The influence of music in the 1950s and the early 1960s

Updated November 21, 2016

One of the most influential singers of the 1950s was Elvis Presley, whose "ducktail" haircut, black trousers and open-necked shirts sparked a new trend in fashion. Teenagers listened to rock 'n' roll music on 45-rpm record players and transistor radios, and began to assert their independence from their parents. The 1960s saw social unrest and an emphasis on civil rights and ending violence. The music of that decade greatly influenced teens who developed their own hippie subculture, often referred to as "sex, drugs and rock 'n' roll."

The Elvis Influence

Elvis Presley's music, dance moves, clothing and his attitude embodied the rock 'n' roll culture of the 1950s. The songs he chose were greatly influenced by gospel, African-American blues and even Southern country. Other performers such as Chuck Berry, Little Richard and Fats Domino were accepted after Presley became so popular with the youth of that decade. Buddy Holly, Roy Orbison, Jerry Lee Lewis and many others followed in Presley's fame. Presley and these singers influenced music trends, dance styles and fashion, and were deemed to have launched a form of sexual liberation and alleged teenage rebellion.

The 1960s Music and Society

During the 1960s, singers and performers often seemed to choose songs to reflect news headlines. Bob Dylan, Joan Baez, The Jefferson Airplane, and the Beatles were only some artists who represented the youth counterculture of that decade. Hippies spread messages of love, not war, and music was an integral part of their lifestyle. Folk music and huge rock concerts were popular featuring politically charged songs -- such as "Blowin' in the Wind" and "We Shall Overcome" -- with messages exposing American social problems. After the assassination of President John F. Kennedy, there seemed to be widespread drug use and drugs were often mentioned by bands such as The Grateful Dead with songs like "White Rabbit," the Beatles with "Lucy in the Sky With Diamonds." San Francisco became a hub for rock music and the hippie movement, especially the Haight-Ashbury area. They often were known as "flower children." Motown soul music reinforced civil rights unrest and the fight for equality. Female singers of the 1960s, such as Janis Joplin and Grace Slick, reflected the dawn of the feminist movement. Aretha Franklin sang "Respect." Artists often participated in demonstrations or protests. For example, the song "Street Fighting Man" was apparently inspired by protests in England that Rolling Stones singer Mick Jagger had participated in.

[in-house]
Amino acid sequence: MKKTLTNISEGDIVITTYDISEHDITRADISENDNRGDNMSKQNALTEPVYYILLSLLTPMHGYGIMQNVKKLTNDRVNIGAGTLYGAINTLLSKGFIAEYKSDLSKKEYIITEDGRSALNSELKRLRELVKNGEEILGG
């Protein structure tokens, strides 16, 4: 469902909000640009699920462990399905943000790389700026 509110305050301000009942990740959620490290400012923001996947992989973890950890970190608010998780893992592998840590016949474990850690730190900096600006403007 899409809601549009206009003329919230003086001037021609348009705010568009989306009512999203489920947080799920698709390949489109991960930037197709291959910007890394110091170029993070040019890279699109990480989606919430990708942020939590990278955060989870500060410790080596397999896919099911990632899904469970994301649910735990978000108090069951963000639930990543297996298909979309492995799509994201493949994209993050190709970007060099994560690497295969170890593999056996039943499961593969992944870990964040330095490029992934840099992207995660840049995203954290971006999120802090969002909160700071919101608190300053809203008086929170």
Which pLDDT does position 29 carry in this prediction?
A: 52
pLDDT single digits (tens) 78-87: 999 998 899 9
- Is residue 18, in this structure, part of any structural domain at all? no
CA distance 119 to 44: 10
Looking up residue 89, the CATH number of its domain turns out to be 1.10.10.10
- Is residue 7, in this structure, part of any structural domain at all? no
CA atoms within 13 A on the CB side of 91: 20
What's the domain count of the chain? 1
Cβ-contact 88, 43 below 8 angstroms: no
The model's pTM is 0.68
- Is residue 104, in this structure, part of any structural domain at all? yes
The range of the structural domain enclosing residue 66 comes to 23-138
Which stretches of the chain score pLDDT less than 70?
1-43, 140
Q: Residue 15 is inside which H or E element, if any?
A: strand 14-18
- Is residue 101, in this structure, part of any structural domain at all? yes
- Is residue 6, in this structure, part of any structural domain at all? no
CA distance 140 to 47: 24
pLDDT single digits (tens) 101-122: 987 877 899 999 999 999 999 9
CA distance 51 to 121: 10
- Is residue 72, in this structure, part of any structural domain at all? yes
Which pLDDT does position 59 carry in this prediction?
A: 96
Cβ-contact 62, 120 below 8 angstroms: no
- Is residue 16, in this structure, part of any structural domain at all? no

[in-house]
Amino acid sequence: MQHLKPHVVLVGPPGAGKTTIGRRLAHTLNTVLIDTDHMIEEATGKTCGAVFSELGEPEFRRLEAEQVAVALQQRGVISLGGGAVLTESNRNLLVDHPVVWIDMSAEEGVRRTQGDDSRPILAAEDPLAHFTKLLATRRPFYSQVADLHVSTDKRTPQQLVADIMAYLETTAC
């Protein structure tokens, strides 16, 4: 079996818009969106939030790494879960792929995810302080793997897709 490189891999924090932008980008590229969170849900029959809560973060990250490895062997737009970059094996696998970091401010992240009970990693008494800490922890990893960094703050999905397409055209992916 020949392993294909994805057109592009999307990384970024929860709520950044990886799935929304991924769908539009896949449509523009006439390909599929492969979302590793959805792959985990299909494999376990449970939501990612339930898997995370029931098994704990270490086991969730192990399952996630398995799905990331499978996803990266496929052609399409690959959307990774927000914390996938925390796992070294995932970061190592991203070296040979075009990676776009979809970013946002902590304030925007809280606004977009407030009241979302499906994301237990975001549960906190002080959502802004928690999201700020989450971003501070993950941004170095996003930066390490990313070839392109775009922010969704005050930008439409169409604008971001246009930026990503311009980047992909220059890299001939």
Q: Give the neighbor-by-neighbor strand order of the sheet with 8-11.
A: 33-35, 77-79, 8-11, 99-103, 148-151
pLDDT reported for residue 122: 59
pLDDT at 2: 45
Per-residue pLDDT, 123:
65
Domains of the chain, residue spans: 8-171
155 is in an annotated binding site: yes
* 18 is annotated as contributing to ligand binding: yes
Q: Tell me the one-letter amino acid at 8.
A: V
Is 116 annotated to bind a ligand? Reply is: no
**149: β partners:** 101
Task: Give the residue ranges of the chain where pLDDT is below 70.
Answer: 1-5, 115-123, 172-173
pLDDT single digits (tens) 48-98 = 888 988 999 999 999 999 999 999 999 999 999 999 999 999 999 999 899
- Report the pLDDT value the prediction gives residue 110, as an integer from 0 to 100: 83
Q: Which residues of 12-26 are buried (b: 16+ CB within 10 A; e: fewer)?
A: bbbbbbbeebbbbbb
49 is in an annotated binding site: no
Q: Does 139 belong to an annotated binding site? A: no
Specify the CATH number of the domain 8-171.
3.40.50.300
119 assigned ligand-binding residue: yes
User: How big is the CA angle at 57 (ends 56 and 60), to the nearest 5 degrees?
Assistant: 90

The Musical Influence of the Beatles

The Beatles, four young men from Liverpool, England, -- featuring John Lennon, Paul McCartney, George Harrison and Ringo Starr -- had a tremendous influence on culture, hairstyling, fashion and social attitudes in the early 1960s. The group impacted society through its statements, physical appearance, and social attitude. The band's social awareness was featured in songs contributing to the overall rise in social consciousness during the decade. Beatlemania influenced music trends and popular culture for many years.

Rock 'n' Roll's Influence on Fashion

Elvis Presley introduced blue suede shoes, the Beatles burst onto the scene with unique hairstyles, and Nehru Jackets were all the rage due to the influence of rock stars of the 50s and 60s. Other fashion trends set by music artists or bands of those decades were the "uniform" look where band members all wore the same suit, the tough leather look started by the Rolling Stones, casual clothing reflecting the Beach Boys' surfer music, and hippie fashions including tie-dyed shirts, fringes and long dresses.

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About the Author

Dawn Sutton began her writing career in 2004 with an article on Internet counseling for a psychology journal. She writes numerous Internet articles on a variety of subjects including health, travel, education, crafts and much more. Sutton has published the books "The Manual" and "God's Girl" and numerous feature film scripts. She has a master's degree in social work from the University of Toronto.